By Hugh T. Ferguson, NASFAA Senior Staff Reporter
Federal Student Aid (FSA) on Friday provided stakeholders with an updated roadmap on their efforts to replace the legacy servicing contracts for Direct Loans and federally managed Federal Family Education Loan (FFEL) Program loans, and how they plan to go about transitioning to a unified servicing landscape that will modernize and enhance the federal loan servicing environment — with lofty plans to implement the transition by the end of 2023.
The discussion follows Richard Cordray, FSA’s chief operating officer, detailing the administration’s plans to solicit applications for its “Unified Servicing and Data Solution (USDS)” that will establish a new servicing system, representing the culmination of the Next Gen FSA initiative.
“This initiative modernizes FSA’s technology, processes, and operations to improve the user experience and outcomes for students, parents, and borrowers,” Cordray said in a blog post detailing the roadmap. “We are building on investments made in recent years, such as the Digital and Customer Care (DCC) platforms — which include the StudentAid.gov website — and a data platform called the Enterprise Data Management and Analytics Platform Services (EDMAPS).”
During a call with stakeholders, Department of Education (ED) officials highlighted that the servicer solicitation had been posted.
“Since 2009, the number of Direct Loan borrowers has more than quadrupled, accompanied by increasing complexity in loan servicing,” said NASFAA Vice President of Public Policy and Federal Relations Karen McCarthy. “We applaud ED's proposed improvements, many of which have been recommended by NASFAA, including a focus on at-risk borrowers, accountability, and progress toward a single sign-on for borrowers.”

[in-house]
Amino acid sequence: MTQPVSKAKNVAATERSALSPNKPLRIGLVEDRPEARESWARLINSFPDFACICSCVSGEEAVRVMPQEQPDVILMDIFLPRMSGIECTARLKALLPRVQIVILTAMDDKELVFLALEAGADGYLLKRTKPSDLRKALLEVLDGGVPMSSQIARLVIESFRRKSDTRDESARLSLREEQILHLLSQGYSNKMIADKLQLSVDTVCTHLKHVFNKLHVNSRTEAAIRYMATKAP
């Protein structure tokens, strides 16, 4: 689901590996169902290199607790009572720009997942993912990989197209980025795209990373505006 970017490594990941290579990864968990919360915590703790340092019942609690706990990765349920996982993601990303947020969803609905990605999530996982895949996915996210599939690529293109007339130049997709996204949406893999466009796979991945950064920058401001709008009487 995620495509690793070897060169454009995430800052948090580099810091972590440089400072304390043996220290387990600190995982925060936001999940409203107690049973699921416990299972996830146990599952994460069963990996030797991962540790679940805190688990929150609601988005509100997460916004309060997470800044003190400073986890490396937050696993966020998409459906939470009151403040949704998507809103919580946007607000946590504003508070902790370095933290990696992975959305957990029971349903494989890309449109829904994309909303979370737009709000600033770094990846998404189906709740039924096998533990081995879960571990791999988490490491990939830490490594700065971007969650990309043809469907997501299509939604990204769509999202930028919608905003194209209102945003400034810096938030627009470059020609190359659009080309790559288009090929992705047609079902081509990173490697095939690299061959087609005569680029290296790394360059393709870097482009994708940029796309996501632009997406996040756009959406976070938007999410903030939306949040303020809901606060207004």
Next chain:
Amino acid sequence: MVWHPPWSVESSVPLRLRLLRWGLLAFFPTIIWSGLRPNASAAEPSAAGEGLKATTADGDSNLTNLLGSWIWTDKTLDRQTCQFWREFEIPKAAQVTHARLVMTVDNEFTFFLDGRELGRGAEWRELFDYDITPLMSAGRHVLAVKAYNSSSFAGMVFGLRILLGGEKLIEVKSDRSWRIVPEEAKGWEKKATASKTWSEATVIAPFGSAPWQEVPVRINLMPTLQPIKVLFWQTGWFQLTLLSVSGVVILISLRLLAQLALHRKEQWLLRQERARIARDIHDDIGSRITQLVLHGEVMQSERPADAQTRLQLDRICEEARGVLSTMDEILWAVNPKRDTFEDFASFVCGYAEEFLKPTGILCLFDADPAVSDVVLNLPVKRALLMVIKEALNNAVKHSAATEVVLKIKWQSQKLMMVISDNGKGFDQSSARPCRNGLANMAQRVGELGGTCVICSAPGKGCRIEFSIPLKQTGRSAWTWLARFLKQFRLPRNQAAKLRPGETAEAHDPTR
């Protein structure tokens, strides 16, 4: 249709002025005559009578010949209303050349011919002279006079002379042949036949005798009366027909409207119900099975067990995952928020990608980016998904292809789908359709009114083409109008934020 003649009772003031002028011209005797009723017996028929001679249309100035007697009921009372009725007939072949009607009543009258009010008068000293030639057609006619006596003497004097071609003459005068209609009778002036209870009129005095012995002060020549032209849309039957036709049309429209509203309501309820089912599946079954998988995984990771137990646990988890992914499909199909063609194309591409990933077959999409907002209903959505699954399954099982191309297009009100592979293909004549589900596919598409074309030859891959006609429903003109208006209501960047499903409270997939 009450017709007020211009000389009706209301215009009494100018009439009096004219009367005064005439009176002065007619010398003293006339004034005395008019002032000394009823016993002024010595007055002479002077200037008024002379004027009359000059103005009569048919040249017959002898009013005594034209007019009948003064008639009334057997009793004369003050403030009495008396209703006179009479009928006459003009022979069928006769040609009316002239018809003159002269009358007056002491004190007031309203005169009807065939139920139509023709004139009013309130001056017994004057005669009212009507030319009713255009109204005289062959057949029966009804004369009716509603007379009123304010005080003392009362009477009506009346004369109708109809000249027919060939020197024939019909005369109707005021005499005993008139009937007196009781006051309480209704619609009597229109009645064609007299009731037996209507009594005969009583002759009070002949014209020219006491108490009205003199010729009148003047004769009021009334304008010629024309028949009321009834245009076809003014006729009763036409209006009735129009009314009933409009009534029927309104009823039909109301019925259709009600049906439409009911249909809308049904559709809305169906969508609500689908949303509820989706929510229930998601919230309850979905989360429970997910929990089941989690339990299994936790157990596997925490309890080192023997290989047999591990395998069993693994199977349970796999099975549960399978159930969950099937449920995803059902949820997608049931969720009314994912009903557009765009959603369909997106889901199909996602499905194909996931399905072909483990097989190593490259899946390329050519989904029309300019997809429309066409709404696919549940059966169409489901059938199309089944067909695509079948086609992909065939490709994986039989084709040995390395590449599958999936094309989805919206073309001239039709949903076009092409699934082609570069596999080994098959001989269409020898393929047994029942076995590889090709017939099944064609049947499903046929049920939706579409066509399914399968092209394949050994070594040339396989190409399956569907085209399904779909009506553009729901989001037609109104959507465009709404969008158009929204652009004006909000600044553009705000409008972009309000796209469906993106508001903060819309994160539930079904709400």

Just last week, NASFAA released a white paper examining the current shortcomings of the student loan system, including in repayment, servicing, and default, and argued that loan forgiveness absent any comprehensive reform to the entire system — though welcome to borrowers — would be incomplete. The paper provides more than 30 targeted, systemic policy solutions to improve student loan servicing practices, rethink the terms and conditions of student loan repayment, increase institutional and program accountability, and reform student loan default.
The objective of FSA’s new servicing system is to overhaul the student borrower experience by transitioning the entire student aid experience — from completing the FAFSA form, to successfully repaying loans — to StudentAid.gov.
In detailing the history of servicing procurement, the department also underscored that FSA has increased its oversight of the growing loan portfolio since 2009 — when 9 million Direct Loan borrowers held $154 billion in student loan debt, compared with 37 million Direct Loan borrowers holding $1.4 trillion in loan debt in 2022 — and that amid the added complexity the agency had maintained similar staffing levels throughout, growing from roughly 1,100 to 1,300 staff.
According to FSA, there will be a “co-branding” effort in this newly developed system where USDS servicers will manage the platforms, contact centers, and manual processing activities for all nonspecialty loan servicing tasks.
Cordray also said that the customer interface and processing work currently associated with specialty programs — such as the Public Service Loan Forgiveness (PSLF) program, TEACH Grants, and total and permanent disability (TPD) discharge — will shift to StudentAid.gov and FSA’s Business Process Operations (BPO) vendors.
During the briefing, ED officials said that they planned to transition all borrowers to a “single sign-on” platform where borrowers will be prompted, through their servicer accounts, to create an FSA ID, so that all their loan information — including repayment options — will be housed within the department’s system.
“USDS servicers will modify their borrower-facing communications to co-brand with FSA and provide account authentication through the FSA ID,” Cordray said. “This will produce a single sign-on experience for customers as they transition to full account management functionality on StudentAid.gov.”
ED officials also said it would identify at-risk borrowers using a modeling system developed and managed by FSA and would establish performance goals that servicers need to meet in order to qualify for performance incentives. Servicers that successfully keep at-risk borrowers up to date on their repayment terms would receive a performance incentive that will be set at FSA’s discretion.
ED issued its request for proposal (RFP) on May 19, and vendors have 60 days to submit proposals. ED will then evaluate those submissions and go through the awarding process. Approved vendors will then need to obtain their authority to operate (ATO) before the new platform is formally launched, with borrowers being onboarded toward the end of 2023.
Publication Date: 5/23/2022
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